15. Ms. Herrmann,
    Speaking of ignorance, please educate me as to why if Coral Gables is not Amsterdam the Dutch Consulate is listed as “one of the main stakeholder groups” on page 18 of the 2014 Coral Gables Bicycle/Pedestrian Plan. Could it have been that we needed diplomatic assistance to come up with this plan? or perhaps that our dedicated city employees needed insight as to how the Netherlands deal with bicycles and pedestrians?
    If in fact you believe that our streets are infested in (sic) cars, is it fair to assume that you do not own, or drive a car? Of course, you must not avail yourself of any uber, or other drive sharing vehicle, because after all they are CARS!
    I suggest you get educated as to why our residents, in the most recent (2018) Community Engagement Study did NOT list bicycle paths as important!

  16. Wake up, people. “Bringing pedestrian safety to the area is a major component to the project”
    has nothing to do with the project. The real agenda behind it is called Agenda 21 aka Agenda 2030 aka Sustainable Development. One of the goals, among many, of this Agenda 21 is to get rid of cars. Have you seen the City of Coral Gables concerned about the lack of parking space? Of course not. PLEASE do yourself a favor and educate yourself on the issue of Sustainable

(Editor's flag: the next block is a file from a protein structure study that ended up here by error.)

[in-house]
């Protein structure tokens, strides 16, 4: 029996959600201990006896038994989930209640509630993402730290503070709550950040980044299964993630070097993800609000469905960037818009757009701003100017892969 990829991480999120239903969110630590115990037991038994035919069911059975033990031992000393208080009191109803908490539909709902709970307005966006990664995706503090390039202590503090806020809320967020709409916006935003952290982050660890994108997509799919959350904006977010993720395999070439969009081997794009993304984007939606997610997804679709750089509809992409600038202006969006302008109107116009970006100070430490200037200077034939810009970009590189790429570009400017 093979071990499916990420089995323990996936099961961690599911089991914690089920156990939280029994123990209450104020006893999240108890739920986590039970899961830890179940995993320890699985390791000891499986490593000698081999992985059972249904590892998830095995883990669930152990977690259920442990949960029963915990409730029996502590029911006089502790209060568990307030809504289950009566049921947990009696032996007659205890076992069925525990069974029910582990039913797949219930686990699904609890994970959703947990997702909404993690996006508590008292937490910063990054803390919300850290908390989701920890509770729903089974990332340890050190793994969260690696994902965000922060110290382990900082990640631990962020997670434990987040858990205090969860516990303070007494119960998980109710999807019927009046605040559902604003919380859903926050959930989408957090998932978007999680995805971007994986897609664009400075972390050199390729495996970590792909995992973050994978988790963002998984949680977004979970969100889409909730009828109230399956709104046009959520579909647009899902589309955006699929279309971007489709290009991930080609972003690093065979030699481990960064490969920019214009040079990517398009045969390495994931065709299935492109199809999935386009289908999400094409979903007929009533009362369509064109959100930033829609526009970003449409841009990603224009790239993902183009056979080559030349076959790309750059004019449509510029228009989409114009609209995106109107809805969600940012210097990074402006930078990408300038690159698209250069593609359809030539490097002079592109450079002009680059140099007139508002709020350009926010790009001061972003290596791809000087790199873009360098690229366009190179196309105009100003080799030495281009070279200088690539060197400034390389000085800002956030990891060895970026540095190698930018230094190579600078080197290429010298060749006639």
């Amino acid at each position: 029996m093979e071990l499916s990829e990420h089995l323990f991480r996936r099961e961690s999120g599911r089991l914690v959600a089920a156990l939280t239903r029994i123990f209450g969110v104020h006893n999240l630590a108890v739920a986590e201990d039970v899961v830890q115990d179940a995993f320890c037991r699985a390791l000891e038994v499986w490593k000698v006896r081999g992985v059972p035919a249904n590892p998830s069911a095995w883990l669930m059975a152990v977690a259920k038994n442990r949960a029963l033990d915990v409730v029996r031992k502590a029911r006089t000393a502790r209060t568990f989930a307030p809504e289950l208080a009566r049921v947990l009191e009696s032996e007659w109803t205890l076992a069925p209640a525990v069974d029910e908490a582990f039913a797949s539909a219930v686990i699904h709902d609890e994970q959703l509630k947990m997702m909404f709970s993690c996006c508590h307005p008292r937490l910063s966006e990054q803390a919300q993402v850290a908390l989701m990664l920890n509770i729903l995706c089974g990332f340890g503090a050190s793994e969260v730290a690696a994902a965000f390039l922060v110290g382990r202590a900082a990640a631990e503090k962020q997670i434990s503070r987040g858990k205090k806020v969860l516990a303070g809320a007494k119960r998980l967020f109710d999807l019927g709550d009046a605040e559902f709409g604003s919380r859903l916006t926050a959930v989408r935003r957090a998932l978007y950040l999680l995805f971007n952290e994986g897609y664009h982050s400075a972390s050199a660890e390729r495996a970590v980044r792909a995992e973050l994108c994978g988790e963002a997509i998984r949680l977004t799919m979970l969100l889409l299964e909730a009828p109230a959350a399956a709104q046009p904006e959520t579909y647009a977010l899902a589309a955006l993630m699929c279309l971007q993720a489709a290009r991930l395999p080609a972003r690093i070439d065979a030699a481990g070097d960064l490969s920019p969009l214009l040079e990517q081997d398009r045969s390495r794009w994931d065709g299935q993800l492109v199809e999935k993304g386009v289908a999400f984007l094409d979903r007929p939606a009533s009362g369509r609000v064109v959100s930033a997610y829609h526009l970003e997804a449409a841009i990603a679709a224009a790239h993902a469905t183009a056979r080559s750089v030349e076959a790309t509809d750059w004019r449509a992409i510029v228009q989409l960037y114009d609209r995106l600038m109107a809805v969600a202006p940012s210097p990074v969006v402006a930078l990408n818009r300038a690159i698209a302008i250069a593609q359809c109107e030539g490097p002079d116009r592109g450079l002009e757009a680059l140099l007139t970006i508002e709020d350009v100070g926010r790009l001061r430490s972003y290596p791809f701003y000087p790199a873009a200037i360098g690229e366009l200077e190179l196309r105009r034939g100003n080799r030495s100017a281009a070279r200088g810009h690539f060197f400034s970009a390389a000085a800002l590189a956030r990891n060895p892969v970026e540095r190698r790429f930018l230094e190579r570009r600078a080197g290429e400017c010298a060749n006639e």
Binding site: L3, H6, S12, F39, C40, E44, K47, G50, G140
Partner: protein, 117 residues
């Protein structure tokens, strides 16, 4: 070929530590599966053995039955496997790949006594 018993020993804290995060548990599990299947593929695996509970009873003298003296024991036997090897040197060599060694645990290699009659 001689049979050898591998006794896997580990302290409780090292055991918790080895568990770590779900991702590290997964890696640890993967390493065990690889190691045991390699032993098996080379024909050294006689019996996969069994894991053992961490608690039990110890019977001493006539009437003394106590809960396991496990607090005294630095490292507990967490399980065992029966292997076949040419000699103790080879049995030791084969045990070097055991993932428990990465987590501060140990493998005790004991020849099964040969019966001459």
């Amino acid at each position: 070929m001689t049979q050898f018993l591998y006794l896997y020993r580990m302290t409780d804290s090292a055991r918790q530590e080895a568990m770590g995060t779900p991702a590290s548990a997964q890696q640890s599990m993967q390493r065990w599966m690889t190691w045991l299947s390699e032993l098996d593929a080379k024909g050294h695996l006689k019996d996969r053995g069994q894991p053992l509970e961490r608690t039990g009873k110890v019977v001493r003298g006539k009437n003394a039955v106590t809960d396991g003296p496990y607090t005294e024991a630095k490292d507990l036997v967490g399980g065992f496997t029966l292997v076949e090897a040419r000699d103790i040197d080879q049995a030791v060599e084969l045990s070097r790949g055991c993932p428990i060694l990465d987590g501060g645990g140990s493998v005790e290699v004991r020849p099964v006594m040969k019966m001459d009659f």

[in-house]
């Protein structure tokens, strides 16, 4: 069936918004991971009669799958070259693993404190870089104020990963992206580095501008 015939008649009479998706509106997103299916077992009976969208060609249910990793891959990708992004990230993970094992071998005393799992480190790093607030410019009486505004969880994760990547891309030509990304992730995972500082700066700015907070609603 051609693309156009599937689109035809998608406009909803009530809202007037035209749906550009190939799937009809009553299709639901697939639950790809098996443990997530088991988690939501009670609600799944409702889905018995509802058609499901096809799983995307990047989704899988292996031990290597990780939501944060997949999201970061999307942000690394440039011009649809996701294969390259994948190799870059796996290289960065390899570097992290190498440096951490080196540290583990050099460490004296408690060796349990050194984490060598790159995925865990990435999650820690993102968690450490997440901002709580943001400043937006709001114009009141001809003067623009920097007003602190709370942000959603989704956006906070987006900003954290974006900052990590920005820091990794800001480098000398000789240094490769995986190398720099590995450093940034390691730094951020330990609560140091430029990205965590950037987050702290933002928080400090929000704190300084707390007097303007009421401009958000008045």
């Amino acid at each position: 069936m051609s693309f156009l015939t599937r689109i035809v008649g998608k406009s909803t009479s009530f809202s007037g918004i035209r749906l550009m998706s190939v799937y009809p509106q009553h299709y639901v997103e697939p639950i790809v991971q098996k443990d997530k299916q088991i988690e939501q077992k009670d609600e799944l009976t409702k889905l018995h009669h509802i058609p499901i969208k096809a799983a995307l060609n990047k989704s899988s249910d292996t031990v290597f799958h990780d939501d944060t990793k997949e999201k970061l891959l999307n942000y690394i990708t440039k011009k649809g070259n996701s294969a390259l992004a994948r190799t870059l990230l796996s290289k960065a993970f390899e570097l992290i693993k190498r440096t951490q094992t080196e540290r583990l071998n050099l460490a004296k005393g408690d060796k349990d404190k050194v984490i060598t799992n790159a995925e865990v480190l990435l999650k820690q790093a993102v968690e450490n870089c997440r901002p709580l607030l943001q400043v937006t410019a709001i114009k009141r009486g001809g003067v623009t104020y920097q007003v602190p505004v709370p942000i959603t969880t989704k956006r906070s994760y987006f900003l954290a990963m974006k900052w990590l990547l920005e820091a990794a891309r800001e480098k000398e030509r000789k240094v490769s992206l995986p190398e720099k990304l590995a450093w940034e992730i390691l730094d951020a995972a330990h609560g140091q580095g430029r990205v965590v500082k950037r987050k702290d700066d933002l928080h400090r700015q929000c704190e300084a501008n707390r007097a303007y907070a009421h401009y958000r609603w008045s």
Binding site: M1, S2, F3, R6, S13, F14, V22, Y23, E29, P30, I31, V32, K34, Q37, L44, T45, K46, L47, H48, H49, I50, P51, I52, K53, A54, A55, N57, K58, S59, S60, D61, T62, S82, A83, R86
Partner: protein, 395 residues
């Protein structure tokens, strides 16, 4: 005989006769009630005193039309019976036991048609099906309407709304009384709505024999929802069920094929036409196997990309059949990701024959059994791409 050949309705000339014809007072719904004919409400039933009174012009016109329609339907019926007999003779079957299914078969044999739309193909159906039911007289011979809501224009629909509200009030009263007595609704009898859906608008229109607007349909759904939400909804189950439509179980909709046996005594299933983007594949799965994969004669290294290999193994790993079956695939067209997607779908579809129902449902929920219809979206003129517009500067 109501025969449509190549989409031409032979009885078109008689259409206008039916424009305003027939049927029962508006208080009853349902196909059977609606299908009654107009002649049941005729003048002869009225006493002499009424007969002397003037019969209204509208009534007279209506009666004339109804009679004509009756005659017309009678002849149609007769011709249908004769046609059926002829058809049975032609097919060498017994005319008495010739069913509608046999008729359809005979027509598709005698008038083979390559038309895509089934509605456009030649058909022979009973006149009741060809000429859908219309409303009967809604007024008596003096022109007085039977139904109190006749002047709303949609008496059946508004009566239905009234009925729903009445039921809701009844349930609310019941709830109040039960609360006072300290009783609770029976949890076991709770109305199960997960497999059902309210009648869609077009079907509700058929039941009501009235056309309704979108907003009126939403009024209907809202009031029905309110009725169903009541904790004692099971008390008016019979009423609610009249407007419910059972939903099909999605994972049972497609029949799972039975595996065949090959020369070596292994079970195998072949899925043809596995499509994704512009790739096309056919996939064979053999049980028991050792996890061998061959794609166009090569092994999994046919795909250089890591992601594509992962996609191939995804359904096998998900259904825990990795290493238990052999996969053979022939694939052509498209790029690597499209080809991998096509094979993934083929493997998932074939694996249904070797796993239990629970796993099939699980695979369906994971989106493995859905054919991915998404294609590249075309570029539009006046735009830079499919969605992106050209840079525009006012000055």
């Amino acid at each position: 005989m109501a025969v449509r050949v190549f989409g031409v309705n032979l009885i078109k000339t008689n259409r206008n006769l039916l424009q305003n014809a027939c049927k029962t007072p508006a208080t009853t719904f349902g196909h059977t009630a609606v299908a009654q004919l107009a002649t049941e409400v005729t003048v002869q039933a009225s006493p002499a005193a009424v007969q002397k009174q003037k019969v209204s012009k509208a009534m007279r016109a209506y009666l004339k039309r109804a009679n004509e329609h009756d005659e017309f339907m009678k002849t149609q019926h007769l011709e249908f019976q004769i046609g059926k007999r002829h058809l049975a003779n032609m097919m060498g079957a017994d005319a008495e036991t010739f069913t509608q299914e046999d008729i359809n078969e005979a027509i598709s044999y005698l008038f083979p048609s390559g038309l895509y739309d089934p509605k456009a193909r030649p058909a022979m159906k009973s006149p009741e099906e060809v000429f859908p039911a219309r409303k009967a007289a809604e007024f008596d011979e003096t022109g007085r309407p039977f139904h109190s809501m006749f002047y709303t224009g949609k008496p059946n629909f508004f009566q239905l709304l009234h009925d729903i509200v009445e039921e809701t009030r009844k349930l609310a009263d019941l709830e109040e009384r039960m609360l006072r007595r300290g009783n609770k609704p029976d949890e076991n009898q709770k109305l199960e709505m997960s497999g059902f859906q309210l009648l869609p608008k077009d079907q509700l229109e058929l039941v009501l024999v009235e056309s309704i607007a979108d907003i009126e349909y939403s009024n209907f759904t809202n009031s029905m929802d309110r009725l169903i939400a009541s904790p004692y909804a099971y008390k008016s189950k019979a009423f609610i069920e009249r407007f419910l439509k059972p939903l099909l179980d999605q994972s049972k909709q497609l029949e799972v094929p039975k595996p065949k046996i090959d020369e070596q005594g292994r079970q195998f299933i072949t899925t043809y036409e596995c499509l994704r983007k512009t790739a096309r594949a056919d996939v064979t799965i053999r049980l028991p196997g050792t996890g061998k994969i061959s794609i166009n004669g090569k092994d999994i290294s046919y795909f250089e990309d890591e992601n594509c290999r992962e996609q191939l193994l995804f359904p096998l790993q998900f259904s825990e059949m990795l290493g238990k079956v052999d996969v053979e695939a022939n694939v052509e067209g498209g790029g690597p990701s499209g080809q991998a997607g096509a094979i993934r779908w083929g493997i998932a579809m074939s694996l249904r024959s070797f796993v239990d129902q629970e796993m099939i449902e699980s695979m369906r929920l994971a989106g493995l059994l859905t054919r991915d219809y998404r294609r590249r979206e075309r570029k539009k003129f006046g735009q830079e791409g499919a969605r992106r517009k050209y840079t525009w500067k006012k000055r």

Development (which by the way has nothing to do with neither sustainability nor protecting the planet.) Visit Rosa Koire website democratsagainstunagenda21.com to find out more about the subject. You owe it to yourself and to the coming generations.

  17. There’s, so much ignorance among people who just refuse to make changes to better the city and the environment. People just try to make excuses “we are not Amsterdam”.. Of course we are not…!!.. That’s why Miami and Coral Gables and every city in USA are infested in cars. Thefore contributing to pollution and obesity of people who are just siitiing on cars with no physical activity. The problem here is just we look for problems on goid projects instead of solutions. I am appalled of the 2018 decision of giving in to the pressure of ridículos claims that it was already a busy street on Riviera Drive. How about putting the same constraints and regulations for the horrendous amount of cars??.. Just do more research on the health and environmental benefits of bike lanes on cities around the world.. Get information and get educated instead of just opposing with the ridiculous claim that we are not Amsterdam…